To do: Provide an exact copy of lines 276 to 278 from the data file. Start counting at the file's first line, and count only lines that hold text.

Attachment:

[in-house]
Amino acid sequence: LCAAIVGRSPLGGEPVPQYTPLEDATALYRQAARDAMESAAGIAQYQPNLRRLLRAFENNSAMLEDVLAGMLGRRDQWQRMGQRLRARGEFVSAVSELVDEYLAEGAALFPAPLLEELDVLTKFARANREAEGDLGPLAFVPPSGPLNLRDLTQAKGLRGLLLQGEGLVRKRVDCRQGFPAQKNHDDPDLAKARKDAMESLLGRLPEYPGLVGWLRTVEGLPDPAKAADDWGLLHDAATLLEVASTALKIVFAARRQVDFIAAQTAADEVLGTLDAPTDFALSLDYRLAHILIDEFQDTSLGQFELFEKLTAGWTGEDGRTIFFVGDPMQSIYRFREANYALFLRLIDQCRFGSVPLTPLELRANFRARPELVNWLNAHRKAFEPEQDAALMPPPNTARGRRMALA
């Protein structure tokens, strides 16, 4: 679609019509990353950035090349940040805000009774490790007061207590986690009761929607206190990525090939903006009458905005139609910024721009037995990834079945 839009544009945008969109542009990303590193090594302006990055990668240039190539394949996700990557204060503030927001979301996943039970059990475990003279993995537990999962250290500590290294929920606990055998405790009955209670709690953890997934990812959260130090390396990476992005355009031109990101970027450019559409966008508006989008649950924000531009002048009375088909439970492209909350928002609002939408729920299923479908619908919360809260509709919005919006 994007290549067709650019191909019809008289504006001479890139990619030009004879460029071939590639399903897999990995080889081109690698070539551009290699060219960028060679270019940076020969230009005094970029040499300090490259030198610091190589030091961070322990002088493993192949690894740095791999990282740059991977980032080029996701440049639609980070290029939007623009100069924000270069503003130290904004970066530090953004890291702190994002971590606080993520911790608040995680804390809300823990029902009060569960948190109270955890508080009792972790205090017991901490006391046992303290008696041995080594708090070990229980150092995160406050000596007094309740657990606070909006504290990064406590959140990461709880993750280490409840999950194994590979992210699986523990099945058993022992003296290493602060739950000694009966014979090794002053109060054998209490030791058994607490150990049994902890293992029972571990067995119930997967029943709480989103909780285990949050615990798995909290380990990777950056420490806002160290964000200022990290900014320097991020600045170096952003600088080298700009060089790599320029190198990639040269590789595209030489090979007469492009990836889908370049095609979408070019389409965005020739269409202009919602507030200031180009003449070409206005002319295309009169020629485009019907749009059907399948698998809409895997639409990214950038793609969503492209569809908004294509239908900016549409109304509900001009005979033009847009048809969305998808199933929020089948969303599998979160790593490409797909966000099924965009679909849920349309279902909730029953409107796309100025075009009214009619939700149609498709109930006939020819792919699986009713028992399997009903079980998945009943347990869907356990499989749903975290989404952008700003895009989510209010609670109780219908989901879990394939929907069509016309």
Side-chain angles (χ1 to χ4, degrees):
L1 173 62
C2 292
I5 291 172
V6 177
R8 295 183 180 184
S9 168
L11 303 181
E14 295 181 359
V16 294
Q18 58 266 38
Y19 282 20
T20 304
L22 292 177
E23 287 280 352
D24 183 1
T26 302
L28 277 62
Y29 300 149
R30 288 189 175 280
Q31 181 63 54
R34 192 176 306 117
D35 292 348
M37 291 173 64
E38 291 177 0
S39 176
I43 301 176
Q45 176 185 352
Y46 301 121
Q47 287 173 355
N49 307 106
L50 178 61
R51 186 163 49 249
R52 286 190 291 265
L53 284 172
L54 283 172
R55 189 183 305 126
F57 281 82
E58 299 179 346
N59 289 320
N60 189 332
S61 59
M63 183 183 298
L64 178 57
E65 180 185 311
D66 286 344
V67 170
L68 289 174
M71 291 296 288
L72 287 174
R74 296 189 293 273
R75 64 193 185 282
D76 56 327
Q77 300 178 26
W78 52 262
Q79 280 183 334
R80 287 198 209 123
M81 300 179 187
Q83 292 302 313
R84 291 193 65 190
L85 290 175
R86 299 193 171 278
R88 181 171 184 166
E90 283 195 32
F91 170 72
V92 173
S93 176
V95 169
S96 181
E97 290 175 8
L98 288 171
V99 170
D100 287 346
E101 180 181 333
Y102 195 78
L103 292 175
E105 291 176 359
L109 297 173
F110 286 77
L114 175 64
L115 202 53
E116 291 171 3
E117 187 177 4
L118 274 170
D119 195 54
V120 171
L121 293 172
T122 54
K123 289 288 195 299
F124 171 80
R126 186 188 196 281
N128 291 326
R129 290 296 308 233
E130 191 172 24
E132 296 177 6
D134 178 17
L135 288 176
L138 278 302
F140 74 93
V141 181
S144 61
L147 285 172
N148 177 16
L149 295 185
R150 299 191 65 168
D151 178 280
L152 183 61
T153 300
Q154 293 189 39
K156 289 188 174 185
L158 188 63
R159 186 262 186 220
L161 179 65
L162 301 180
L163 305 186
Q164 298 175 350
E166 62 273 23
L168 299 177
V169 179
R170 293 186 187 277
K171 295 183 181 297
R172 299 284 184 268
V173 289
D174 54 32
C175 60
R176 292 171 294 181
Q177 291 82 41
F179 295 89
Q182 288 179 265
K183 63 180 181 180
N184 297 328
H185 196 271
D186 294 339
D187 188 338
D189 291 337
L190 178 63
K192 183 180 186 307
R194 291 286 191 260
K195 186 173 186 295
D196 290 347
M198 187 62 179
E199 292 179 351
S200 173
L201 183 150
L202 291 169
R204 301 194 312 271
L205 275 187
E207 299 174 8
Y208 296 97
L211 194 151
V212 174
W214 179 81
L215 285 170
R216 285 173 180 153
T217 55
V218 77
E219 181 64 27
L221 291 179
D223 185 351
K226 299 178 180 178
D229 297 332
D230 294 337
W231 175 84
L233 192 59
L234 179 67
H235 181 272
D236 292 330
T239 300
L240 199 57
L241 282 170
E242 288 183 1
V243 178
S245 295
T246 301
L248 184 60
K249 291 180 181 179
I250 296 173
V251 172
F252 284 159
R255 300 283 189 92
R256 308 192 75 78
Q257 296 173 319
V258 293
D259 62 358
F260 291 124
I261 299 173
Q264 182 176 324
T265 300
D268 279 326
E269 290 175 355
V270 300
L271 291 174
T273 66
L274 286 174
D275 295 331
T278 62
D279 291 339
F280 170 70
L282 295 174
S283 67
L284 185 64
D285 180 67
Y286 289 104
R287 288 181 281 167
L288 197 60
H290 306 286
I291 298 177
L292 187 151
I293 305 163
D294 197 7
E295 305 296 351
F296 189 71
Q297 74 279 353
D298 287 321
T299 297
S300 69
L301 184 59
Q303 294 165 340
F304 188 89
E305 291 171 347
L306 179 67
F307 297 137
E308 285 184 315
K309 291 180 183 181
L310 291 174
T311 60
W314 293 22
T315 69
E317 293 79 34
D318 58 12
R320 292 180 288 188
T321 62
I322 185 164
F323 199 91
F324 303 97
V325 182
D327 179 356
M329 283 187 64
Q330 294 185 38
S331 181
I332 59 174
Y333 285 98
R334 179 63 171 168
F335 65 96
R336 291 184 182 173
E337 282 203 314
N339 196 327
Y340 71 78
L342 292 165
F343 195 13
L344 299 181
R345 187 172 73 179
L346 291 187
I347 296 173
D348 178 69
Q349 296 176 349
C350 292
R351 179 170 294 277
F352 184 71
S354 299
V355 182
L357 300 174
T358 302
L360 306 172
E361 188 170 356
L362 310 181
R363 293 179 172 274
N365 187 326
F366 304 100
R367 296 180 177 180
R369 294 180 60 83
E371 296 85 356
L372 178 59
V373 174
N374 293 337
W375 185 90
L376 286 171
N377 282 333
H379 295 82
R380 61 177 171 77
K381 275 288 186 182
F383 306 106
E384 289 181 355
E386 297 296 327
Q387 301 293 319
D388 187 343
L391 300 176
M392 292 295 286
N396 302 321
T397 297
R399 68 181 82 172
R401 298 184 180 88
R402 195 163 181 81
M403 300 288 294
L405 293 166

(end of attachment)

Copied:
L372 178 59
V373 174
N374 293 337